Youth development

The topic of youth development has been thrusted into the spotlight once again, mostly because FFA pretty much forgot to include girls development in the Player Pathway Review announcement.

Speaking with Moriarty about youth development, it's an area of focus for the FFA Women's Football Council because they aren't just about elite football.

"We're not just about the elite pathway but we're also about opening participation to girls and women," she said.

"We need an optimal female talent pipeline from grassroots to elite for us to be competitive at the elite level on the world stage.

"To achieve that, we need to see the growth of participation by women across the game so I think those two are the critical ones that play into each other."

In the 2018 Participation Report released by FFA in February this year, there was an increase of 13 per cent on Australians participating in football.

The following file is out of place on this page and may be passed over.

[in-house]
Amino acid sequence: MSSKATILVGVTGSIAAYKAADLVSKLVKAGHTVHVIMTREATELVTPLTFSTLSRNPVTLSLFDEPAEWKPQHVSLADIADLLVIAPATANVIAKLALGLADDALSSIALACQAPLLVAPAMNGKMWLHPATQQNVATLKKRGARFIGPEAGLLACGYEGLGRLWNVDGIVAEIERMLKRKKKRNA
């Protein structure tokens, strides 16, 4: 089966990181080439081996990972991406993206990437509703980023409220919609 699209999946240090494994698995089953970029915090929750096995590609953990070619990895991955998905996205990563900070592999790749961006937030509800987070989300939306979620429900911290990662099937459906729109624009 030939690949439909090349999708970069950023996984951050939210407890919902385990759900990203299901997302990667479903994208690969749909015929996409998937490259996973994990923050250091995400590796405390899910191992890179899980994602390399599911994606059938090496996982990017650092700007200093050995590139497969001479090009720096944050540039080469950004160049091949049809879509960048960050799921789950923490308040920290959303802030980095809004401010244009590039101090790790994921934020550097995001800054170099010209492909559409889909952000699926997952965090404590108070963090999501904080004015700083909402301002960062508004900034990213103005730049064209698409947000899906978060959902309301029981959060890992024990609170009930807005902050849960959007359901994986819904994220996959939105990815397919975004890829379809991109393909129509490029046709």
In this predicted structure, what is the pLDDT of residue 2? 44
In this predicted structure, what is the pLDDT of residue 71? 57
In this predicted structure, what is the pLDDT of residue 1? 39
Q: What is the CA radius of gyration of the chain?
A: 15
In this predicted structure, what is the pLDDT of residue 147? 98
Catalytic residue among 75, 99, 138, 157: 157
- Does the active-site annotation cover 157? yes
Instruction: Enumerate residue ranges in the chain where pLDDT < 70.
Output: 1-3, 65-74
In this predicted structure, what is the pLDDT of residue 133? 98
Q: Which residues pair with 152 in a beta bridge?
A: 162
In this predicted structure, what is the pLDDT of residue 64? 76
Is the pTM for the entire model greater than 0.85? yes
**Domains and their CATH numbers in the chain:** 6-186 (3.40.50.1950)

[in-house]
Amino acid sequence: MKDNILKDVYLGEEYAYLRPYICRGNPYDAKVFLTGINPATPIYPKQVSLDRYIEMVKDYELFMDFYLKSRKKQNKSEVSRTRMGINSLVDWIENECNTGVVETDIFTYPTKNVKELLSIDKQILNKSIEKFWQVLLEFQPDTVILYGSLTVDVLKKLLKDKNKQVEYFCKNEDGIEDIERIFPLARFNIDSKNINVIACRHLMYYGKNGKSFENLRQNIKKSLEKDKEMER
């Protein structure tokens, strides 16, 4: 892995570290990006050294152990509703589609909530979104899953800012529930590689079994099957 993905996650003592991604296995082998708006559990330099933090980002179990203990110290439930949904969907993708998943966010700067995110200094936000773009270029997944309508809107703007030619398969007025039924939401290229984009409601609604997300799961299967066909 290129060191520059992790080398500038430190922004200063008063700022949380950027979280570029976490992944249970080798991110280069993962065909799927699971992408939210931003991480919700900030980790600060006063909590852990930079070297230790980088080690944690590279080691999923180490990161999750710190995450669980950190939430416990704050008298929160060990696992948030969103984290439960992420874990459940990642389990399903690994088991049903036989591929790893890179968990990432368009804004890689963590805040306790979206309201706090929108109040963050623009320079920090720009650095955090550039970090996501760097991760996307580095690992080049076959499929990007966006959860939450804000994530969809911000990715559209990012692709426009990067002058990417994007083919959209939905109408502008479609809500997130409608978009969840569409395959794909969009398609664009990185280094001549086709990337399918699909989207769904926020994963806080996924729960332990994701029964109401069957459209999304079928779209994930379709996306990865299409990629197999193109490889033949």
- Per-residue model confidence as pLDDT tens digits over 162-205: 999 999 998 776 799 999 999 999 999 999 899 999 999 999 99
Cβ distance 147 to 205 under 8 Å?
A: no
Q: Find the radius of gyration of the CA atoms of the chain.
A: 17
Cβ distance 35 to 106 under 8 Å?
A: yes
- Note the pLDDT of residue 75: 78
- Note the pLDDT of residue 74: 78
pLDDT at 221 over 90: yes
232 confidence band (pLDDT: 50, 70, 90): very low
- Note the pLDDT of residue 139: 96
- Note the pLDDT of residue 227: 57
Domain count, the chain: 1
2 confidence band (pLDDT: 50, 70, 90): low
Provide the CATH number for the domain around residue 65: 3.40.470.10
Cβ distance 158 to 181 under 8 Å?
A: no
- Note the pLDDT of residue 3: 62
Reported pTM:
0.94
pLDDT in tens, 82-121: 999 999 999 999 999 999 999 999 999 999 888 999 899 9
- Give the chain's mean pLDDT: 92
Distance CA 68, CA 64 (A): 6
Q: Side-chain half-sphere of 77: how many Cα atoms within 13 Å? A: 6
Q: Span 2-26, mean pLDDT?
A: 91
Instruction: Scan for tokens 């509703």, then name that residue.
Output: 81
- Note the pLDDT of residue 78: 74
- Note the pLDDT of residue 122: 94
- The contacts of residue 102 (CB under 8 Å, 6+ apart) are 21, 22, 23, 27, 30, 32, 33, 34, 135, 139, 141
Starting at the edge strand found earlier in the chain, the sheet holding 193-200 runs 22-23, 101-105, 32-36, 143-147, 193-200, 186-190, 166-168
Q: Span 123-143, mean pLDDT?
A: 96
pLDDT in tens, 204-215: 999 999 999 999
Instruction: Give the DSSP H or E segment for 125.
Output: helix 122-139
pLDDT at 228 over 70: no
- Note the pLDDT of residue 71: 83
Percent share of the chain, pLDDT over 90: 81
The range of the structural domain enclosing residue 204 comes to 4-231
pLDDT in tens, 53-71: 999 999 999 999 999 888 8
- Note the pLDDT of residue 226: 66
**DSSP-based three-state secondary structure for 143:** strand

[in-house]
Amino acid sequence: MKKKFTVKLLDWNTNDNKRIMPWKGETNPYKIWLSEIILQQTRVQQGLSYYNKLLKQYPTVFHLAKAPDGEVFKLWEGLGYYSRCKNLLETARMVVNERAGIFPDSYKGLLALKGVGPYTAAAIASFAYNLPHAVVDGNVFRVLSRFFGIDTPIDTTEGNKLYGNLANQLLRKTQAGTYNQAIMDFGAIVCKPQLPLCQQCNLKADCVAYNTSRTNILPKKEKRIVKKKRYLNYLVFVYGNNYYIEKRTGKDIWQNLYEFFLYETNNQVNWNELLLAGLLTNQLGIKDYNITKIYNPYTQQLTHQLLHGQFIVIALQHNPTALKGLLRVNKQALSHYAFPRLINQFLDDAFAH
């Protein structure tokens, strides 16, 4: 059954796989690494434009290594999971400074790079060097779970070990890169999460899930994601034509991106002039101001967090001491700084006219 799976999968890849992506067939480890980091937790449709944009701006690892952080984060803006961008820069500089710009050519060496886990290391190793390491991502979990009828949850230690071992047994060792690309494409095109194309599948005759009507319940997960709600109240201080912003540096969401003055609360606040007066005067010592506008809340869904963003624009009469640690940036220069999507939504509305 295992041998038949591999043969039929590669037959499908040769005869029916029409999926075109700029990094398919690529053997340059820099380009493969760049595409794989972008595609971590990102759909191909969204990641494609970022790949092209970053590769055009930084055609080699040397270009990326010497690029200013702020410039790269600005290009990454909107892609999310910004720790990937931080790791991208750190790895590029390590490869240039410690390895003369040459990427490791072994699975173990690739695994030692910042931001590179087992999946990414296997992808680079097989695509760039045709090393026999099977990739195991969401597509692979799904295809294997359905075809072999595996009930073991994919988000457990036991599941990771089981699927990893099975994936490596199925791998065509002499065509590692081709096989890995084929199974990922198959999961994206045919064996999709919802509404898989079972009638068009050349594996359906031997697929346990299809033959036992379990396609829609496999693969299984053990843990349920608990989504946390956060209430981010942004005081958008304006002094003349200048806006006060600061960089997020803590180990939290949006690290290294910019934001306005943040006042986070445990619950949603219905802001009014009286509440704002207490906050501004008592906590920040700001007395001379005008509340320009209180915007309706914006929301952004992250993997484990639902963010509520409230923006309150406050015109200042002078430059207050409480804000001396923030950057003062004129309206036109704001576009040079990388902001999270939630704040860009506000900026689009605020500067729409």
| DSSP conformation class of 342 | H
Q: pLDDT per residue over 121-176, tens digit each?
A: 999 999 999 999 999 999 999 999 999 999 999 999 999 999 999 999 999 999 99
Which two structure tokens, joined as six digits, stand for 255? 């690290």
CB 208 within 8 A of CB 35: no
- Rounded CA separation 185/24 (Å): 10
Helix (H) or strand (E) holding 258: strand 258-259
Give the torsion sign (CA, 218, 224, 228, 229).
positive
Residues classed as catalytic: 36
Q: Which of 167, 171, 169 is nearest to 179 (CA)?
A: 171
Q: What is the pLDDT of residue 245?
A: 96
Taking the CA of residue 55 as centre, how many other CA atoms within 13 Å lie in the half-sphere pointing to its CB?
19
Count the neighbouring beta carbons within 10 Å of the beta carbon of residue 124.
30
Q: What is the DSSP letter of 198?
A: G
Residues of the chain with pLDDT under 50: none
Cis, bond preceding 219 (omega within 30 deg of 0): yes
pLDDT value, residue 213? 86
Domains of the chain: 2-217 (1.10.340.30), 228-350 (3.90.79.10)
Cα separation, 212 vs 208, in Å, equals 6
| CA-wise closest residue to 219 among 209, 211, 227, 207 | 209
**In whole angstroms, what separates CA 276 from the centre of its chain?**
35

Women and girl participation grew by two per cent (141,487) on outdoor, registered futsal and social with 113,207 of those registered playing outdoor affiliated football.  Looking at three levels of football MiniRoos, Youth and Senior, women's sit around the 20 per cent mark with boys and men sitting around 80 per cent.


Is Australia losing ground in women's football?

As the rest of the world pushes ahead in women's football, Australia is starting to lag behind.

While there has been growth and that is important to see, the dream of having a 50/50 split between boys and girls is still far away. 

There could be a few factors involved in this, Moriarty notes the environment could be a factor in having more women and girls play.

"Football is the most played sport in Australia, so there isn't any reason that young girls will not play football given the right environment," she said.

"There's a lot to be done on creating the right environment for girls to play and grow in the game and women to have the opportunity to play or to coach or to be a referee or to manage or direct lead.

"It is a very powerful game, and it has power beyond the game. There is a brilliant opportunity right now in Australia to make the changes to attract and keep female talent in the game, at the same time using the sport to position girls and women for greater social equality more generally."